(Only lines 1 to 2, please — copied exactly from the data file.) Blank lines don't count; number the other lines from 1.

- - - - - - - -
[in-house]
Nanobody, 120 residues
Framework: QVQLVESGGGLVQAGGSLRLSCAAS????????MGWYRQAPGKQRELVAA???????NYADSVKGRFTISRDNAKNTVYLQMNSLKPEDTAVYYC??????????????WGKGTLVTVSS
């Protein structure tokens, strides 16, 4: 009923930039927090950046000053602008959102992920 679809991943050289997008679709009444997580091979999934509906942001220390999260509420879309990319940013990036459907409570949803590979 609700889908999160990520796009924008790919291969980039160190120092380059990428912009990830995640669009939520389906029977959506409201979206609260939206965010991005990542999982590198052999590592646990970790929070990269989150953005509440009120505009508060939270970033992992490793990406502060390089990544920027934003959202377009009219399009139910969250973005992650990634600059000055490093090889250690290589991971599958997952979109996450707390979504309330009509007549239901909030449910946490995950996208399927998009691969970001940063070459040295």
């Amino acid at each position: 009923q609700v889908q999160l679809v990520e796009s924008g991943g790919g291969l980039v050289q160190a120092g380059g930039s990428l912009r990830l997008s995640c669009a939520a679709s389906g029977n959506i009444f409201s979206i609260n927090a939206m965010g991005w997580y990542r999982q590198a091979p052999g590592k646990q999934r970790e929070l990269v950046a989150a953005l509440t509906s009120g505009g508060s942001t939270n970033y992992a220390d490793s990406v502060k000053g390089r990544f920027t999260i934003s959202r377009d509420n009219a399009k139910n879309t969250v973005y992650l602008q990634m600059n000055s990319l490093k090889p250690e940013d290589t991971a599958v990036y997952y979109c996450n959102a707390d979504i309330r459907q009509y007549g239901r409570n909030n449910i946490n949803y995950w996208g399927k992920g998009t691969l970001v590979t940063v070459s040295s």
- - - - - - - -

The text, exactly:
[in-house]
Nanobody, 120 residues